• An estimated 80% of all life on earth is found under the ocean surface.
  • The oceans cover 71% of the earth’s surface and contain 97% of the earth’s water. Less than 1% is fresh water and 2-3% is contained in glaciers and ice caps.
  • 90% of all volcanic activity occurs in the oceans.
  • The top ten feet of the ocean holds as much heat as the entire atmosphere.
  • Because the architecture and chemistry of coral is so similar to human bone, coral has been used to replace bone grafts in helping human bone to heal quickly and cleanly.
  • The blue whale is the largest animal on our planet ever (exceeding the size of the greatest known dinosaurs) and has a heart the size of a Volkswagen. (marinebio.org/MarineBio/Facts/)






Walk to Jerusalem Progress Map

Week 1

We began our Walk to Jerusalem on Sunday, January 26. First week report – we completed our first 500 miles of our journey, we left Laurel, MD and arrived in Baltimore to begin our crossing over the Atlantic Ocean, as we “walk” through we learned how the UMC is involved in Baltimore.

Lovely Lane United Methodist Church:

The Original Lovely Lane Meeting House was built in 1774.  Ten years later just after the American Revolution, the Methodist Societies hosted the famous Christmas Conference at Lovely Lane Meeting House, where a new denomination was born: The Methodist Episcopal Church



Susana Wesley House:

Funded in part by the Baltimore-Washington Conference and United Methodist Women, Susanna Wesley House has served women and their families in various ways since 1919. Originally, it was founded by the Women’s Home Missionary Society of the Methodist Episcopal Church as a boardinghouse for working girls and women, named for the influential mother of John and Charles Wesley. In 1993, the facility was severely damaged by fire. When rebuilt, it was designed for a different mission, meeting a different set of needs. So, since Susanna Wesley House reopened in 1999, it has served as a transitional home for homeless mothers and children.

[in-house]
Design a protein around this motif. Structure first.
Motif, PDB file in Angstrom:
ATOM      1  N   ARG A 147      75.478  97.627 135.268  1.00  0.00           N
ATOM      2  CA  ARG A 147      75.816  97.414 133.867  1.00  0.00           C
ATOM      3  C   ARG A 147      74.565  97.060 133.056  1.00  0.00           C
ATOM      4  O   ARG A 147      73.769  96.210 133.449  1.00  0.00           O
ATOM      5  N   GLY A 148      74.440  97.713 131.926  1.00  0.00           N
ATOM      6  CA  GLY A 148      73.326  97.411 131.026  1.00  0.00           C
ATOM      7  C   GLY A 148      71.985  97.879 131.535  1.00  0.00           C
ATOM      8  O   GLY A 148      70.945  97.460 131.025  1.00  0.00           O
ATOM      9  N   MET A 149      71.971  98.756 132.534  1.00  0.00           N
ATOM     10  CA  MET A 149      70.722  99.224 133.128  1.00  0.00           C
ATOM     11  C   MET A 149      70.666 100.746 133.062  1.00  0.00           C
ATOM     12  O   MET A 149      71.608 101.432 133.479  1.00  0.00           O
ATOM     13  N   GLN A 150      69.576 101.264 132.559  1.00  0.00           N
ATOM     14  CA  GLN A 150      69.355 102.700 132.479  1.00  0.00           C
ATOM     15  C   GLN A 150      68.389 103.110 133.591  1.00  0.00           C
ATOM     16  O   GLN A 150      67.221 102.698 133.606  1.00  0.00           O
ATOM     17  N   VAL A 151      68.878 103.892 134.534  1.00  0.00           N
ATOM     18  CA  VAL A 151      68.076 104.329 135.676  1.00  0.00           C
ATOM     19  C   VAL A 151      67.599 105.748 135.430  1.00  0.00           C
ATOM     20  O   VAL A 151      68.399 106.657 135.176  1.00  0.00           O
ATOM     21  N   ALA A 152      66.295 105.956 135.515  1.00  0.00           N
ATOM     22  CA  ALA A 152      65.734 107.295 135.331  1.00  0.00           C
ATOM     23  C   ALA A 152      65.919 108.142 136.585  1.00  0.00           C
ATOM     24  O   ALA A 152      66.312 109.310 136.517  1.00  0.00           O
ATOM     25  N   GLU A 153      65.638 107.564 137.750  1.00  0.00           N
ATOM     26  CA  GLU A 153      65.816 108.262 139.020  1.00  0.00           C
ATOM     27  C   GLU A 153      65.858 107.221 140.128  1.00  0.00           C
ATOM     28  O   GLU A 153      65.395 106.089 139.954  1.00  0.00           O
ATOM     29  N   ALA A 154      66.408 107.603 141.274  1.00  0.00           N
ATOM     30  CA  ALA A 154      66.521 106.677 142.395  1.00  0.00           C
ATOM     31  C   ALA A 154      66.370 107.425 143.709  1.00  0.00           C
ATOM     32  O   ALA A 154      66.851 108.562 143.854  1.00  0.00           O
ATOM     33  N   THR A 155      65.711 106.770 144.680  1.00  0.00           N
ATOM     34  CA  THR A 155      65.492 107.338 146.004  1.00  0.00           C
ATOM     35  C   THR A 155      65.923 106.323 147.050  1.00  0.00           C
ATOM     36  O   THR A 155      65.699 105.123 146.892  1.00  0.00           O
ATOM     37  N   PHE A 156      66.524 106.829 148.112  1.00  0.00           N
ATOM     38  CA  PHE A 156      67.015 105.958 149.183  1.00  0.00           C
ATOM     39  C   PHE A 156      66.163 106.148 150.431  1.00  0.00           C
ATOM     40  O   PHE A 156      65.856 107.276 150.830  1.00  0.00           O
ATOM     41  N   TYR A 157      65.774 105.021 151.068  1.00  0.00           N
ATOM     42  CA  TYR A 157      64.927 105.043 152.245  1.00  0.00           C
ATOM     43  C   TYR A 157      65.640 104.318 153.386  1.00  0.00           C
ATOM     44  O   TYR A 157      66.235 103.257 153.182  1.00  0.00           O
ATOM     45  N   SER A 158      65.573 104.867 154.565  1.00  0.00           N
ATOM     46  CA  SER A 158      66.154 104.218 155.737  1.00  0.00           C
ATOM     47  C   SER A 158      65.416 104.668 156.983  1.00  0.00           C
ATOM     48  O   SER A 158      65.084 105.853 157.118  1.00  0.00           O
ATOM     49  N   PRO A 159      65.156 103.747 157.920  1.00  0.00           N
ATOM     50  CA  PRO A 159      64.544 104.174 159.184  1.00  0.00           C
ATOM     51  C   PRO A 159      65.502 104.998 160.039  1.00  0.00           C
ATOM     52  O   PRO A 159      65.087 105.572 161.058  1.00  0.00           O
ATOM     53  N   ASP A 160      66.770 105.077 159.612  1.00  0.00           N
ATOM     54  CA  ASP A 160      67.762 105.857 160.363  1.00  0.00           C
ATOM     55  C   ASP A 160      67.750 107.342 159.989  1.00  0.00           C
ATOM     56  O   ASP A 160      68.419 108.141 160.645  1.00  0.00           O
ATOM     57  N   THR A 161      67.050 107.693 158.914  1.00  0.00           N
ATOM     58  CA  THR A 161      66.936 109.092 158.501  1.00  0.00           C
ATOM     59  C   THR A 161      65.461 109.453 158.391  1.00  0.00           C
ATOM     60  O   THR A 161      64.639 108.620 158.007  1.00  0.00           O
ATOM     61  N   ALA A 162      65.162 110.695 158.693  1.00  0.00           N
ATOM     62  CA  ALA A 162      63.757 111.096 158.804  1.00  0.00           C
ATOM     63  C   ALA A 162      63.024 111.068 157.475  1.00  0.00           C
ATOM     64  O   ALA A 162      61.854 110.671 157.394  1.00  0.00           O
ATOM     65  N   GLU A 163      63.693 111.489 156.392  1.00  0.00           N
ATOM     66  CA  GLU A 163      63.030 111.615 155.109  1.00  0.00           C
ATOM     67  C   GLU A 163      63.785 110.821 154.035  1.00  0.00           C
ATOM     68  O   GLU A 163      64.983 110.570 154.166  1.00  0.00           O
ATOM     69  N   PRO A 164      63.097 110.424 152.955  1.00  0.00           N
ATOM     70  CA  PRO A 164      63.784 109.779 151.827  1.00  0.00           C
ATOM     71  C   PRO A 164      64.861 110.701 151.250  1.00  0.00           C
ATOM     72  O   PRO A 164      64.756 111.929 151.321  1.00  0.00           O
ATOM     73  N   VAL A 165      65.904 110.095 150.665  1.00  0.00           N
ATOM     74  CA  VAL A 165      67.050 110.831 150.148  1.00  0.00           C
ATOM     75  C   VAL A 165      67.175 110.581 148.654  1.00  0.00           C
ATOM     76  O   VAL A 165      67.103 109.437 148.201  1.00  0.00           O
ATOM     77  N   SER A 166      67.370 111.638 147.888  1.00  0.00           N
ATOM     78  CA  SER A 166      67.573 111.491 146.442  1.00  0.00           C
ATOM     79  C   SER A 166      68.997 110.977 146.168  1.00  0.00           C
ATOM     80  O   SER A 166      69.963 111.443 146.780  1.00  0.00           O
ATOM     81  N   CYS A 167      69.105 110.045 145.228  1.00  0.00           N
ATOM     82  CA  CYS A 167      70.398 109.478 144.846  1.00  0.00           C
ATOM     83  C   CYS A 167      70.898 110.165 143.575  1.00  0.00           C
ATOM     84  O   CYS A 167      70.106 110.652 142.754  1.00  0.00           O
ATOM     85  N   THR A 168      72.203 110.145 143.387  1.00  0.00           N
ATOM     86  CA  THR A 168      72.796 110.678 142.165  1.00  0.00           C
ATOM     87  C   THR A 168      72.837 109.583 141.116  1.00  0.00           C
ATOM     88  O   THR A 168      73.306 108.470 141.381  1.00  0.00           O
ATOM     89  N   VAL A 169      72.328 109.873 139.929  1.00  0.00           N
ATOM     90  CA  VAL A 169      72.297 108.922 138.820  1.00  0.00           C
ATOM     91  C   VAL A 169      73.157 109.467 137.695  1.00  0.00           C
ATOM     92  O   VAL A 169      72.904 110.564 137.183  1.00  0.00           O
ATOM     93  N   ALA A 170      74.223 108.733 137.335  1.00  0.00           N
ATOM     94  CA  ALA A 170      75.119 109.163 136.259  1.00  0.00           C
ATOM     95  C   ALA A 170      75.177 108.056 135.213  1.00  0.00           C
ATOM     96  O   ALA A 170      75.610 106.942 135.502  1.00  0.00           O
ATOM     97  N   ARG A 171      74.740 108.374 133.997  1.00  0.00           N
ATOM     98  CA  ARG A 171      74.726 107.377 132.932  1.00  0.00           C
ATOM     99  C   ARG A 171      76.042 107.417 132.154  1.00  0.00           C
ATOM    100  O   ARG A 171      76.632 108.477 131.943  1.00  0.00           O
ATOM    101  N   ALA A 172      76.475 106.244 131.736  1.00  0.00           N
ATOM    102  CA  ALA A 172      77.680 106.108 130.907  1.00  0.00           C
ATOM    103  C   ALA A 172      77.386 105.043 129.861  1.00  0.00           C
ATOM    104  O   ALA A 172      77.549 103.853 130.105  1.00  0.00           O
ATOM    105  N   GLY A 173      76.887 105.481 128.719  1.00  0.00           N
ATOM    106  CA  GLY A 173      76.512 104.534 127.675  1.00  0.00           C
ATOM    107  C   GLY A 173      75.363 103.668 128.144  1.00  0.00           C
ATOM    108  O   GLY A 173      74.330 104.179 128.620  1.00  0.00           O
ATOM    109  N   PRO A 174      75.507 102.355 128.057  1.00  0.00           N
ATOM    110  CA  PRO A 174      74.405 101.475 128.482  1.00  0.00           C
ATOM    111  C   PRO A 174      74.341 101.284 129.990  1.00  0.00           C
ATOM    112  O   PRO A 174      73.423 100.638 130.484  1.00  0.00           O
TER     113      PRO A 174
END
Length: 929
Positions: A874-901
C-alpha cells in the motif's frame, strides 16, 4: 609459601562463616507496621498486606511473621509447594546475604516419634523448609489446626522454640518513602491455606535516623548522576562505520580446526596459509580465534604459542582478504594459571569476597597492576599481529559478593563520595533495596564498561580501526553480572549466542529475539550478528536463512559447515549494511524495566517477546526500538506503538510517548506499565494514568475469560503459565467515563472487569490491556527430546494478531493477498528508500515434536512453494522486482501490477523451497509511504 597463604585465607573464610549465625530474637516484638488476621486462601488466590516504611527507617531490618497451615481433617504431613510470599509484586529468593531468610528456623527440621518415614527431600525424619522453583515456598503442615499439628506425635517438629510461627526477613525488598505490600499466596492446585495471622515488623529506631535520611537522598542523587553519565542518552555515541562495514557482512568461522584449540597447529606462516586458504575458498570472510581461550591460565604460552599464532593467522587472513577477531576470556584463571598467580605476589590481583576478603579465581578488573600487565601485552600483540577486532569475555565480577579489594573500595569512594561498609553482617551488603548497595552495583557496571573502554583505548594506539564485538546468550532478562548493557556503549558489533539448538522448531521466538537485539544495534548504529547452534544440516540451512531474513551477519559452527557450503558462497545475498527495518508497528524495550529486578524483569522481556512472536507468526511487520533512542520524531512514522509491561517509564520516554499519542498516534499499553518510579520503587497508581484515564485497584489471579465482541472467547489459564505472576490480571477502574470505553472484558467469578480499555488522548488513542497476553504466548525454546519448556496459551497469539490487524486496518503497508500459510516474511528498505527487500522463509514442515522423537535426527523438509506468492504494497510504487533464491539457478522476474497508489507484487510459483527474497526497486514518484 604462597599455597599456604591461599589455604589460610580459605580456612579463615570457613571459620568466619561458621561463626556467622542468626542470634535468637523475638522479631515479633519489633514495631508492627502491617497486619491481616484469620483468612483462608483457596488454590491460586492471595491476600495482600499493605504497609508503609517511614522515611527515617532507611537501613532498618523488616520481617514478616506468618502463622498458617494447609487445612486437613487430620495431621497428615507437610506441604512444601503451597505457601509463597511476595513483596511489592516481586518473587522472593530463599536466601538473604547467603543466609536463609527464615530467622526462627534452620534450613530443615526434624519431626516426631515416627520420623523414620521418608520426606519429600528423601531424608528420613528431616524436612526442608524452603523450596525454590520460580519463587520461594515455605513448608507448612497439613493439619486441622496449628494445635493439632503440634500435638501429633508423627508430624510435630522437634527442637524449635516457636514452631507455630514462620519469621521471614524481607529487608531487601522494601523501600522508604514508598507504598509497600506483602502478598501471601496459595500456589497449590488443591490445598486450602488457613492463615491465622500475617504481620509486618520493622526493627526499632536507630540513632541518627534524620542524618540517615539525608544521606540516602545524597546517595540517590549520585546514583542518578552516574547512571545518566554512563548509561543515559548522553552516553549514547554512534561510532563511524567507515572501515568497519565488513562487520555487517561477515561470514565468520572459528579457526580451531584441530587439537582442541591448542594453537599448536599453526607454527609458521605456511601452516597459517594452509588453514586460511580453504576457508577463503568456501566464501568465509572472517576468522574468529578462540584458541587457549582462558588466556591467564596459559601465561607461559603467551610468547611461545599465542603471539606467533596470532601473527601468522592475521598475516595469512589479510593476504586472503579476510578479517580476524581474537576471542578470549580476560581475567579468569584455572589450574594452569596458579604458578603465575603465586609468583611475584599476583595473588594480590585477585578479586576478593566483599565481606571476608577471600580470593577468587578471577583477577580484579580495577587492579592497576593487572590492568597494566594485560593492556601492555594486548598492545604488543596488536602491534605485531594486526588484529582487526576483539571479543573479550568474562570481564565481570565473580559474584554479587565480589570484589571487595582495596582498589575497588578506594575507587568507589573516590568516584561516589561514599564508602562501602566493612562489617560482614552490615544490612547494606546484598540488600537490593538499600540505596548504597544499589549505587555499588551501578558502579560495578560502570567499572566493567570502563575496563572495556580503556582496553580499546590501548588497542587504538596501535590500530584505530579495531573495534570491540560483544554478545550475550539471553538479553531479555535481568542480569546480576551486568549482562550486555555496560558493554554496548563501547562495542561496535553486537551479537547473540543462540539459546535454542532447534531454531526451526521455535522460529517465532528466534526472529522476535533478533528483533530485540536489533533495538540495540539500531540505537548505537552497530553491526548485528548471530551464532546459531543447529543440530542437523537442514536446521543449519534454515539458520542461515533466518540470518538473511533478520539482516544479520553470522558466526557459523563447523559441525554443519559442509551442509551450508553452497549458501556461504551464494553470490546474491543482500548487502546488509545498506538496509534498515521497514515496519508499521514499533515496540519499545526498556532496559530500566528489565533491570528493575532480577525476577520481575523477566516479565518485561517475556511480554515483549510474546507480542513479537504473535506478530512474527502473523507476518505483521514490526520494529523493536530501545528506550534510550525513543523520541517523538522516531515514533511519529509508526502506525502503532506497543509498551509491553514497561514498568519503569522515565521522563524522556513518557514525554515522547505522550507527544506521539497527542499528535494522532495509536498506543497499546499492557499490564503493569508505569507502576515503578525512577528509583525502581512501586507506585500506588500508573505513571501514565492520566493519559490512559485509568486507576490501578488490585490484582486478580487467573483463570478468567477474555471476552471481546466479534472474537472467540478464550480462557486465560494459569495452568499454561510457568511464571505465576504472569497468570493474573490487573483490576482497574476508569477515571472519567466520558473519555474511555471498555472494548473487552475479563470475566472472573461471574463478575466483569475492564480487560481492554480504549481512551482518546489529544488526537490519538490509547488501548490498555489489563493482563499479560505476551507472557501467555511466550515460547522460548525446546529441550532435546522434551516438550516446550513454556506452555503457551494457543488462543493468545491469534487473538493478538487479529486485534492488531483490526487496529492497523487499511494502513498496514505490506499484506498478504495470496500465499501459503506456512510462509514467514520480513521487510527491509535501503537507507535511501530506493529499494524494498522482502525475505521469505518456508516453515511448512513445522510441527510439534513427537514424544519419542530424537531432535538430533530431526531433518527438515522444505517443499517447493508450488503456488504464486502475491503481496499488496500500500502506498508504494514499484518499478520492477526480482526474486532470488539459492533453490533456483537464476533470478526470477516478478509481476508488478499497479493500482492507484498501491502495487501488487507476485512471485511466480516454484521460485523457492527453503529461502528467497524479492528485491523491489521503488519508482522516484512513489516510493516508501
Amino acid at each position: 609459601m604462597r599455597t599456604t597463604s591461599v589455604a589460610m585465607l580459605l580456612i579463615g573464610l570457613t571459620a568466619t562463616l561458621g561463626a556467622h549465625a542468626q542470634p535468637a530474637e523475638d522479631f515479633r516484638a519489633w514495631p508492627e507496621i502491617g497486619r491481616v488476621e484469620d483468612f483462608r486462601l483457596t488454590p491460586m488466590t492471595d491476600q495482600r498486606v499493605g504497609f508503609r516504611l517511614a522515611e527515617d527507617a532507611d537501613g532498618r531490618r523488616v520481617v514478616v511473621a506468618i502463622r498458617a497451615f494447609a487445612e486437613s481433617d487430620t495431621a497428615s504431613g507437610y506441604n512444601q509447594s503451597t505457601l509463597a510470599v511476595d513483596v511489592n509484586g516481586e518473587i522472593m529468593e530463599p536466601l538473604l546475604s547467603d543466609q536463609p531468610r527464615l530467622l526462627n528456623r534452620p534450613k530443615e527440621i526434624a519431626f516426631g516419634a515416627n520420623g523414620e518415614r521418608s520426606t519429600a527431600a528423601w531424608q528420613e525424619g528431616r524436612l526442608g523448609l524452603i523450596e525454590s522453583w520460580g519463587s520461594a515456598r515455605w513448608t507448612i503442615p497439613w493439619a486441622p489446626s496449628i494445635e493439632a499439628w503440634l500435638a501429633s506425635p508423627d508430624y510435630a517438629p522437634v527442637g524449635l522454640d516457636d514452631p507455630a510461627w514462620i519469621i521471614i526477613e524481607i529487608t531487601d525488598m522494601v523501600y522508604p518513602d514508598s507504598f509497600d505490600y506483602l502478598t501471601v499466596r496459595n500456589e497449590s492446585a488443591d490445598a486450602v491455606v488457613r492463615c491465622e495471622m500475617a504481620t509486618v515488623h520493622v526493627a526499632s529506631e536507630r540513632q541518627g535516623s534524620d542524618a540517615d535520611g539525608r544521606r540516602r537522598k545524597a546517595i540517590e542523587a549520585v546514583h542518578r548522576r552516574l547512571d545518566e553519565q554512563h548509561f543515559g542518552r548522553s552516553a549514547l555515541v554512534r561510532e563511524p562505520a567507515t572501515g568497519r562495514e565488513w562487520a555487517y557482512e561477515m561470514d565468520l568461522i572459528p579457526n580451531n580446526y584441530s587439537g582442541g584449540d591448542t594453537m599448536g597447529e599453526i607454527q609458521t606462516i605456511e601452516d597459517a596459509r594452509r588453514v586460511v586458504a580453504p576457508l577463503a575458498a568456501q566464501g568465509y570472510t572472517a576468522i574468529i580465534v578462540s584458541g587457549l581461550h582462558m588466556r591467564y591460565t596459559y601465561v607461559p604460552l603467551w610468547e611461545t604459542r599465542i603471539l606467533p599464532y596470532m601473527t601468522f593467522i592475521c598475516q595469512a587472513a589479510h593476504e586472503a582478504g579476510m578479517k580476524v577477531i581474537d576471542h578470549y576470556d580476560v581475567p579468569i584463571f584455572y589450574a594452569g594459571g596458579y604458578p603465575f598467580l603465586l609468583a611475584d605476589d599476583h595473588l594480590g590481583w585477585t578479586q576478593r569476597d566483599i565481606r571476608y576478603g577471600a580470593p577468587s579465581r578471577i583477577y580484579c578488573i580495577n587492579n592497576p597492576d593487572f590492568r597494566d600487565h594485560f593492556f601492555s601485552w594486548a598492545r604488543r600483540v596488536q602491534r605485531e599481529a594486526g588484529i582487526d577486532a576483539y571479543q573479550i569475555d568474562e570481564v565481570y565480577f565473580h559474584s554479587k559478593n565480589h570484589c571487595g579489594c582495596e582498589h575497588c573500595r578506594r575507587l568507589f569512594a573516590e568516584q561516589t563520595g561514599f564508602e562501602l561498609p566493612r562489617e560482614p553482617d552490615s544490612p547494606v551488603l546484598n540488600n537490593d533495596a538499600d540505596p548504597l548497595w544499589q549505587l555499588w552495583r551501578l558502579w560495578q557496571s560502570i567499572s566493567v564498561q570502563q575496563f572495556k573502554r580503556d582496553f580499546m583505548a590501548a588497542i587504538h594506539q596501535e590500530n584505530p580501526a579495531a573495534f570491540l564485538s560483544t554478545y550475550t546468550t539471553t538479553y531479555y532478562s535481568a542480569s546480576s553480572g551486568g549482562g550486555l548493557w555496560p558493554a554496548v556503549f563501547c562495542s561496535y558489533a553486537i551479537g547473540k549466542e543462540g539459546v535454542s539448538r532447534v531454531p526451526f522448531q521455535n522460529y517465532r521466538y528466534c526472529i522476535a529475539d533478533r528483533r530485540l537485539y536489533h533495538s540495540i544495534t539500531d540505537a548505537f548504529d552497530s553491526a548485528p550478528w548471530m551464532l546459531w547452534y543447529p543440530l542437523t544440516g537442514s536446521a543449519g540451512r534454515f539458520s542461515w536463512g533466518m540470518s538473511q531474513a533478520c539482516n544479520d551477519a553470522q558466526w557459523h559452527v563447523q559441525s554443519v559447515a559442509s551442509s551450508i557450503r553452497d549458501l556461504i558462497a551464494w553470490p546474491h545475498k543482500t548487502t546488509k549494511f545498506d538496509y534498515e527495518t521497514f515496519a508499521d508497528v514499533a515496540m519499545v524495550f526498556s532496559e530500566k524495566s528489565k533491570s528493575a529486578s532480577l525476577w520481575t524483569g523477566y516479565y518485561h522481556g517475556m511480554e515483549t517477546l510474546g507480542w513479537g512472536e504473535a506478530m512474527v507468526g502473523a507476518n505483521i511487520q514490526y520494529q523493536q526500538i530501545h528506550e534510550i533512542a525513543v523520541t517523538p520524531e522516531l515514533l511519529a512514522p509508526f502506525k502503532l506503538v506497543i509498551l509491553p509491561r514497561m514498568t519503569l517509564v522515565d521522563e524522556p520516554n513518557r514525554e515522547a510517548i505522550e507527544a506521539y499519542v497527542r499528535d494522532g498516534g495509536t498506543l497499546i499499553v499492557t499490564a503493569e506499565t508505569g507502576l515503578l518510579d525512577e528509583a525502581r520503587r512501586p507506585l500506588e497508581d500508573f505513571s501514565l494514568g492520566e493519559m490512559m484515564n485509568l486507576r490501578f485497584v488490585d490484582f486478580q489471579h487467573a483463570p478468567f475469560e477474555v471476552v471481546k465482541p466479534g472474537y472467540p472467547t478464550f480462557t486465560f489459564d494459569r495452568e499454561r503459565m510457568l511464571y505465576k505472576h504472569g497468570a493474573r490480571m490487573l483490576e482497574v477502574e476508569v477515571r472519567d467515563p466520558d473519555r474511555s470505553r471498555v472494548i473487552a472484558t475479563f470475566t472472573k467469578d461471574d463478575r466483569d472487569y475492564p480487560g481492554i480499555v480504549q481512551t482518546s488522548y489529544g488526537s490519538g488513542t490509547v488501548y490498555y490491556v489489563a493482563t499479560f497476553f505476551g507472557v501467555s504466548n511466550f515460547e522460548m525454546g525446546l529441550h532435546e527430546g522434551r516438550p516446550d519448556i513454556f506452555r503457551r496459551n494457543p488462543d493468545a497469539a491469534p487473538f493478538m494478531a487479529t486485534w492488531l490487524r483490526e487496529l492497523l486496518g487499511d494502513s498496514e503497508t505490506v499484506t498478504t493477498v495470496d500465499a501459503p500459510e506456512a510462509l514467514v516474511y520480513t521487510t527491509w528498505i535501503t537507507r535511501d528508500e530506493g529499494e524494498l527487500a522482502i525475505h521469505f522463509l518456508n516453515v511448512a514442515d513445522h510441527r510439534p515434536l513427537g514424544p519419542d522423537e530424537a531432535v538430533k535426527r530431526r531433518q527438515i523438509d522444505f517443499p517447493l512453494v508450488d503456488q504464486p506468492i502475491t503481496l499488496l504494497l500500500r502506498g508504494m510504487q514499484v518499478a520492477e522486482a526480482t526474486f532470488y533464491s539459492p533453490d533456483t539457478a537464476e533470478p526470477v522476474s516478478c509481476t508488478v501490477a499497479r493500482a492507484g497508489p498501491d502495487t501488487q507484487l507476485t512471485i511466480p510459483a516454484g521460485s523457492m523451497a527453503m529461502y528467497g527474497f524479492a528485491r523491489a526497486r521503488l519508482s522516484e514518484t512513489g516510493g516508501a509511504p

Hope for The City:

As the city of Baltimore faces unparalleled challenges as its leaders confront poverty, drug addiction, AIDS, violence, an educational system in crisis and spiritual hunger a Hope Council, led by the Rev. C. Anthony Hunt, now works with the churches in the Baltimore region and the more than 660 churches within the bounds of the Baltimore-Washington Conference to do transforming ministry in the city. The 42 United Methodist congregations in Baltimore are eager to make a difference. They know that God is present in the city. Hope abounds.